"It was a dark and stormy night."
That's the first sentence of Madeline L'Engle's 1962 novel, A Wrinkle in Time—and in Walt Disney Studios' film adaptation (out Friday), Ava DuVernay remains faithful to its opening line. And while the director has changed some elements—by diversifying the characters and changing the setting from Connecticut to California—fans of the book will not be disappointed.
The movie tells the story of Meg (Storm Reid), a brainy middle school student whose physicist father (Chris Pine) has mysteriously disappeared. Three celestial beings—Mrs. Who (Mindy Kaling), Mrs. Which (Oprah Winfrey) and Mrs. Whatsit (Reese Witherspoon)—hear "a cry in the universe" and journey to Earth to help Meg find her father—and later confront "It," an evil force. The movie also stars Zach Galifianakis, Gugu Mbatha-Raw, Levi Miller and Michael Peña.
Here's what critics have to say about A Wrinkle in Time:
• Reid's portrayal of Meg is "a coup of casting that's crowned by DuVernay's direction of her," The New Yorker's Richard Brody writes. "Reid is a rare departure from the usual run of exuberant and perky kids (of both sexes) who tend to inhabit children's films. There's a mask-like implacability to Meg, an approach to the world that, for all its anger and frustration, doesn't dare reveal itself fully, even to Meg herself." Much Like L'Engle's novel, DuVernay's film "catches the sense of exhilaration and wonder that arises from the story's elements of fantasy."
• "You never once doubt this movie's commitment to the book's intense emotional reality—its warmth," The Boston Globe's Ty Burr writes, praising DuVernay for capturing the core message of L'Engle's story: "love of family, love of being alive, love of our common humanity and the experiences that bind us together." Its biggest achievement "is the strength of family feeling at its center," Burr adds. "Pine is at his most gently charismatic here, and he conveys immense fatherly devotion as Dr. Murray (along with at least one fairly sizable foible). Reid's Meg is both marvelous and real, a beautiful nerd girl finally coming into a knowledge of her own power."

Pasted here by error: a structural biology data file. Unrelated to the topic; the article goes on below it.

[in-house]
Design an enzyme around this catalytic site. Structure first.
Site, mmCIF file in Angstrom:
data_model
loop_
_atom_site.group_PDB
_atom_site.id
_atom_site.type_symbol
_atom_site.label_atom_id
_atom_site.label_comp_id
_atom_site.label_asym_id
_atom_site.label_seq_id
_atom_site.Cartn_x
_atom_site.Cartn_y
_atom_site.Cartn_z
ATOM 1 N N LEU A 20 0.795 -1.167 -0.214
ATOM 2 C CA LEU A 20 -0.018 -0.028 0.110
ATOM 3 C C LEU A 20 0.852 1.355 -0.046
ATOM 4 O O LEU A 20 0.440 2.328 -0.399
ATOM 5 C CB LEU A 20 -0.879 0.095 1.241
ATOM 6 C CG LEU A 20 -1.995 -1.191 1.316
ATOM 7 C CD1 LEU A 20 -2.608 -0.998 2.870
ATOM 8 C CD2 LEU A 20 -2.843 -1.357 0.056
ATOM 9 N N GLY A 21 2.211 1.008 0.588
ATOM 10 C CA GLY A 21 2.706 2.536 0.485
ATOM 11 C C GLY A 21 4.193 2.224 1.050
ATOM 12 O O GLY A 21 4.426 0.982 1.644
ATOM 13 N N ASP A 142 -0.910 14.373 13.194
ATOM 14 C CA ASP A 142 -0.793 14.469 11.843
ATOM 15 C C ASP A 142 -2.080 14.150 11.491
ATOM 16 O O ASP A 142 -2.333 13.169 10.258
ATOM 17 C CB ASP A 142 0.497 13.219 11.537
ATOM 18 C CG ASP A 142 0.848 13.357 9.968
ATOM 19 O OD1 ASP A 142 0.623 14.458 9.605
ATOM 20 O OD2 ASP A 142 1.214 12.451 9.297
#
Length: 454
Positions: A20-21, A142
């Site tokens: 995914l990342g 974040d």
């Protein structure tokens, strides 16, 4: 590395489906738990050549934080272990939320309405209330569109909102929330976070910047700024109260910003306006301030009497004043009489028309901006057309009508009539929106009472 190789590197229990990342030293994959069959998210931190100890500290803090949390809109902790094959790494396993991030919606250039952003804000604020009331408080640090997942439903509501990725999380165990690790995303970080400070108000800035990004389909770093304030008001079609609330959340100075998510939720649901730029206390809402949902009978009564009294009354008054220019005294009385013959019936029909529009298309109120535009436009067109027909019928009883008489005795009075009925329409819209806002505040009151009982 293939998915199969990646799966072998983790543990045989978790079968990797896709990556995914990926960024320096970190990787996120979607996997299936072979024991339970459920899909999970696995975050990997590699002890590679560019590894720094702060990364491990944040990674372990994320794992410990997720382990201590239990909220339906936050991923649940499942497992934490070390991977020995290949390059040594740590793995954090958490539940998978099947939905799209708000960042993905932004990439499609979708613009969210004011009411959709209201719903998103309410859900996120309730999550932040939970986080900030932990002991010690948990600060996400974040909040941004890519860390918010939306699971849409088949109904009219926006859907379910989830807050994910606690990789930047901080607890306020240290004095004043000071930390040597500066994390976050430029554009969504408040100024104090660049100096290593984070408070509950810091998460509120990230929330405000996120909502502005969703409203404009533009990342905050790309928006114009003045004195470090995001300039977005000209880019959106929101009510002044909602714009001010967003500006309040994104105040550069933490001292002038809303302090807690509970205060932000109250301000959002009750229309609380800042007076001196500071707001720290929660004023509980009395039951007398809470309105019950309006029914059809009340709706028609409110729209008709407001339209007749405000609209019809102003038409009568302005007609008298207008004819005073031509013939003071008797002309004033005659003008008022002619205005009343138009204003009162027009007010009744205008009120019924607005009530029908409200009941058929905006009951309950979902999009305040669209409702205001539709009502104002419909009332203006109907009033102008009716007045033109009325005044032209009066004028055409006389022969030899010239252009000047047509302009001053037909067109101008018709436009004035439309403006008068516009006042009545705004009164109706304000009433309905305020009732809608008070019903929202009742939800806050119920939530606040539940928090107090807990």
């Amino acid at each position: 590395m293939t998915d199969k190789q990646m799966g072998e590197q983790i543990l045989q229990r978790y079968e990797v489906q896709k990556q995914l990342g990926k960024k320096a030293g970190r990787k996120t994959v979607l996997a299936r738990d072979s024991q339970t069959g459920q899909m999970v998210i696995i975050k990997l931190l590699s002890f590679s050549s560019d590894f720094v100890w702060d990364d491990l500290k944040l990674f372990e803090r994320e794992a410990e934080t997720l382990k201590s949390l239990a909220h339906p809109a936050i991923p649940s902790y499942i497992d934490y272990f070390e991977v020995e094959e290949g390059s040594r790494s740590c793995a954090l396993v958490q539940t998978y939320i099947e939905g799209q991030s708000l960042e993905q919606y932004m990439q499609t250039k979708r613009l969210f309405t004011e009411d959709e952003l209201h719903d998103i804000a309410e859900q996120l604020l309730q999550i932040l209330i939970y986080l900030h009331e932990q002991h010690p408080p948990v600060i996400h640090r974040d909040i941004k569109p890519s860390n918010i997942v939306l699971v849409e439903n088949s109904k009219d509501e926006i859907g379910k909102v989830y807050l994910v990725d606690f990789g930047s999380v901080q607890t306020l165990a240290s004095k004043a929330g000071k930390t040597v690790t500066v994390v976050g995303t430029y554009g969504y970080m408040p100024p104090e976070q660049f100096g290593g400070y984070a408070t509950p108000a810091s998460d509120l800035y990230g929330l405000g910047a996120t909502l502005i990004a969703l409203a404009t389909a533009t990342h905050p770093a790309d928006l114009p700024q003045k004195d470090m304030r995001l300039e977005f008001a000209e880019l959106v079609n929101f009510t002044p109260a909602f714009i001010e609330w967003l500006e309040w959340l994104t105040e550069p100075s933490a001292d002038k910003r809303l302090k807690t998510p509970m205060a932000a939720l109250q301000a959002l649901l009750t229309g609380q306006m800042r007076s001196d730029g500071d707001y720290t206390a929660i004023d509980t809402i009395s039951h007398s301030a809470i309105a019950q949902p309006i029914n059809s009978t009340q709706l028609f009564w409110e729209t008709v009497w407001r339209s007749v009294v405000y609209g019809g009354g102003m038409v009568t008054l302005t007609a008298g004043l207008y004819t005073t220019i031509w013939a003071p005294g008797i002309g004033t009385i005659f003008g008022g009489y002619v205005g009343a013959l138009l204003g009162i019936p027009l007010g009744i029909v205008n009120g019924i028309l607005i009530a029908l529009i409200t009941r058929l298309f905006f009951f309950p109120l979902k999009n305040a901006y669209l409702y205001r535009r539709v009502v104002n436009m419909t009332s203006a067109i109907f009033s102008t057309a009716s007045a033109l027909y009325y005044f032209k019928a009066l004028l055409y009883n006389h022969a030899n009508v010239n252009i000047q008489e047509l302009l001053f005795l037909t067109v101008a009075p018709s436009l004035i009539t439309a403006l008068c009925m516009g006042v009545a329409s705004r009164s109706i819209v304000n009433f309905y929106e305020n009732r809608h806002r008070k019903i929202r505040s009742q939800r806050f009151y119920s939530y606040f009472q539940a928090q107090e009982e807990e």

• "This is a sci-fi film that smiles back at the people of color who have eternally loved the genre despite being nonsensically rebuked by it, one that is feminine but not for-females-only," The Daily Beast's Kevin Fallon writes. "It's a film in which the lead is a teenage, biracial girl, one with un-self-conscious interest in and aptitude for science and math, who goes on a journey to embrace the parts of her she's been told by society to ignore or demean, and uses those very qualities as weapons to save the day. If DuVernay occasionally lingers the camera a beat or two longer than we're used to on images of Storm as Meg on her path to victory, it's because she's luxuriating in their meaning, lavishing those images on the young people who will be watching."
• "The movie offers numerous pleasures for grown-ups," The Seattle Times' Moira Macdonald writes, praising Kaling, Winfrey and Witherspoon. "It's no surprise that lines like 'Be a warrior!' are catnip to Winfrey—whose essential and undisguisable Oprah-ness is embraced here—but it's a kick to see her delivering them through be-glittered lips. (Give this movie an Oscar for makeup, right now.) Kaling, usually a comedic performer, demonstrates a gentle, quiet goodness that's quite moving and Witherspoon has some fun as the most scattered of the trio."
• "A Wrinkle in Time, faithful to the affirmative, democratic intelligence of the book, is also committed to serving its most loyal and susceptible audience. This is, unapologetically, a children's movie, by turns gentle, thrilling and didactic, but missing the extra dimension of terror and wonder that would have transcended the genre," The New York Times' A.O. Scott writes, adding that the movie is "demonstratively generous, encouraging and large-spirited." And to DuVernay's credit, the film "trusts words more than images, spelling out messages about love, courage and self-acceptance with the conscientious care of a teacher reading aloud to a class...Nobody will miss the lessons of the movie, and they are fine and timely lessons," Scott continues. "Those who take them most to heart will find their way back to Madeleine L'Engle."